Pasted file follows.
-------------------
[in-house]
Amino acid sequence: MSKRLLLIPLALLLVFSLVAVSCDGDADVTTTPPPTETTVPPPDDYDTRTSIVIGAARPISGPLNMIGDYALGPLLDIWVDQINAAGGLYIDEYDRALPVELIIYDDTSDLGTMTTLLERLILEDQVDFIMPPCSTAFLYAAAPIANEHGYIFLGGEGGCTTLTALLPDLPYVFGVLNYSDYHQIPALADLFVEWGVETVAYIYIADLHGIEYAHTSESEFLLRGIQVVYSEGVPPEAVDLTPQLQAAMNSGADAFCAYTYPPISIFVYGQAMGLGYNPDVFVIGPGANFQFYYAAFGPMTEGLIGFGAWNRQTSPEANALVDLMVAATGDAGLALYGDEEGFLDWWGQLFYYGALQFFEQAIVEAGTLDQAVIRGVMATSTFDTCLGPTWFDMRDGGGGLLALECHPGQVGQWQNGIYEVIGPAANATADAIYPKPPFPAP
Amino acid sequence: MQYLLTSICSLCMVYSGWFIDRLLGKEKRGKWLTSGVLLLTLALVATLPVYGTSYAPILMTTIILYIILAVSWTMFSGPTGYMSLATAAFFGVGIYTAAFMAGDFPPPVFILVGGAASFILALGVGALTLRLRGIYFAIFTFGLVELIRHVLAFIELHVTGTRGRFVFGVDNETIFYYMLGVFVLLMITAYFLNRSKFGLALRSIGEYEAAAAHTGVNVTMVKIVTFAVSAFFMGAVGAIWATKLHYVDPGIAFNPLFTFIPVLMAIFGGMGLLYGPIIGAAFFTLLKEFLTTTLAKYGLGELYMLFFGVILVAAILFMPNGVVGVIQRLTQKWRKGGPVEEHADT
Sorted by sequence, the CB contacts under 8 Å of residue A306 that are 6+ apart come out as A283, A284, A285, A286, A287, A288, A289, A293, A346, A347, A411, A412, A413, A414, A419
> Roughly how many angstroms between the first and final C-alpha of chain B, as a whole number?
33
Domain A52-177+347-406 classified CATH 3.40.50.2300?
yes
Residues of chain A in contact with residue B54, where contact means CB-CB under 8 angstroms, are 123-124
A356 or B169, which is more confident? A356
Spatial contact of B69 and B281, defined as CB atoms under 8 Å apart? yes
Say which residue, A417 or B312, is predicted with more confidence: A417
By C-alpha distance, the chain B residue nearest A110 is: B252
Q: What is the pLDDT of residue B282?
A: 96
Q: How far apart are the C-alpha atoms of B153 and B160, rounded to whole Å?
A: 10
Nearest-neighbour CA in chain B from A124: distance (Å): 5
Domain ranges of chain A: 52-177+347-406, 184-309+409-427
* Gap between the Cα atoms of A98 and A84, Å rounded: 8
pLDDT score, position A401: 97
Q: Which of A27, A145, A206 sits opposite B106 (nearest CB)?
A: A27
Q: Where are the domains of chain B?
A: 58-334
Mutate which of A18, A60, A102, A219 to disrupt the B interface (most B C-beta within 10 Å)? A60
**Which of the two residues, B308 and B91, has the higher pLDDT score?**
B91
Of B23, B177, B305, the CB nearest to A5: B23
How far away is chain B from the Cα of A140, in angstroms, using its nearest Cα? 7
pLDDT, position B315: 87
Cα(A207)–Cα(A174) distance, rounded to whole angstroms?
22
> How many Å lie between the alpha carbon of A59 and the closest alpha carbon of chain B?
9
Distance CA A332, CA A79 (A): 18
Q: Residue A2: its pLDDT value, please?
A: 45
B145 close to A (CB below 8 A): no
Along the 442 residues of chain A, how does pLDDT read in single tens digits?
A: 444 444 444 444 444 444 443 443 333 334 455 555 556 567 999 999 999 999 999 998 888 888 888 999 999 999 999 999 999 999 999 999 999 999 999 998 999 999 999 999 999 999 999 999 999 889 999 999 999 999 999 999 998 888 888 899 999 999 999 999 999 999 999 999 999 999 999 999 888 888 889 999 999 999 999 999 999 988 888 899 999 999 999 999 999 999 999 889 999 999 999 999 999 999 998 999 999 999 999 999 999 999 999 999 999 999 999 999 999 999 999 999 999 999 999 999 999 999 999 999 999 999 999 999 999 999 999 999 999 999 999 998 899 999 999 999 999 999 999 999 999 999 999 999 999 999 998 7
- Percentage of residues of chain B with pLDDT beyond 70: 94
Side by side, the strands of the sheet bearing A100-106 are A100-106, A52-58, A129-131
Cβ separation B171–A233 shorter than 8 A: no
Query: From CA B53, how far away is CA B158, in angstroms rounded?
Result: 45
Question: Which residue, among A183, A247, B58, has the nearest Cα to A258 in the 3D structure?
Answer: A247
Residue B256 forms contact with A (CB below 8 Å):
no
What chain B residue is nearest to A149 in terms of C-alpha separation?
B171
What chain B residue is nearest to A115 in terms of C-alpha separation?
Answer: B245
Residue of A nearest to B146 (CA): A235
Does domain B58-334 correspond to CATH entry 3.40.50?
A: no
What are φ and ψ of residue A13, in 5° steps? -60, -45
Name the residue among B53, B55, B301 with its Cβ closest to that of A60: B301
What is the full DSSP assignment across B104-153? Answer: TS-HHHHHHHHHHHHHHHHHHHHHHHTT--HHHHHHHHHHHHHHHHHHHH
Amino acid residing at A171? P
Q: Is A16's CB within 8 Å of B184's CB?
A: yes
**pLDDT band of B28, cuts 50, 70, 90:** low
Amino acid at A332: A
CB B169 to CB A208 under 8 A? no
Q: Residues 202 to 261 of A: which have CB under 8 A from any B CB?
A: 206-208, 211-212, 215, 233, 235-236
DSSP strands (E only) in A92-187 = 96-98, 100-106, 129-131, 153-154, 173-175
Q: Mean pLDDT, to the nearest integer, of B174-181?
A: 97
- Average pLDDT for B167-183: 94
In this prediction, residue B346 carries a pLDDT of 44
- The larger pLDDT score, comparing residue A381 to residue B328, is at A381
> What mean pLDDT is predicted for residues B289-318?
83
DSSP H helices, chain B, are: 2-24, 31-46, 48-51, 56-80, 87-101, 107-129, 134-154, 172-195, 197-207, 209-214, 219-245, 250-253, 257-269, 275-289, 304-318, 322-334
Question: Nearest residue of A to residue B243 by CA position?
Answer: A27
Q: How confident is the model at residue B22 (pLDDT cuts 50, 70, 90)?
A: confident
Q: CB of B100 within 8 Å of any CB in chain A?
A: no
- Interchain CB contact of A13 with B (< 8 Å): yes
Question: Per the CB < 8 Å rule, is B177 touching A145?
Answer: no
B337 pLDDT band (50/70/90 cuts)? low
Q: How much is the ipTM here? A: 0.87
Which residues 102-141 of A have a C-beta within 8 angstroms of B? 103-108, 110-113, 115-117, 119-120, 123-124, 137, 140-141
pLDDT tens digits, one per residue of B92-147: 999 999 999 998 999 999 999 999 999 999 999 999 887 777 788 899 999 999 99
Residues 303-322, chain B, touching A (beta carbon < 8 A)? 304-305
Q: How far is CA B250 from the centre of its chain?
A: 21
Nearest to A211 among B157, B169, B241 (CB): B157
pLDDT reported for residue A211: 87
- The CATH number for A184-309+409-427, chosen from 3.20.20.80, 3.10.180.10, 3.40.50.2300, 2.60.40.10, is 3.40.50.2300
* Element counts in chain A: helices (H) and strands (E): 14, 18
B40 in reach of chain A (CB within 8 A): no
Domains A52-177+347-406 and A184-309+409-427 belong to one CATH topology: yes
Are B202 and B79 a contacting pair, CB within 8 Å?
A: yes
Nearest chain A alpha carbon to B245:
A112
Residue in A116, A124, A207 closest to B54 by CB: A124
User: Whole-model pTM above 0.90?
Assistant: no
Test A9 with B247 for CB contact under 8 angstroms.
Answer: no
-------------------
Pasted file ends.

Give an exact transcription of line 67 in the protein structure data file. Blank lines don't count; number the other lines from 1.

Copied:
Q: Residues 202 to 261 of A: which have CB under 8 A from any B CB?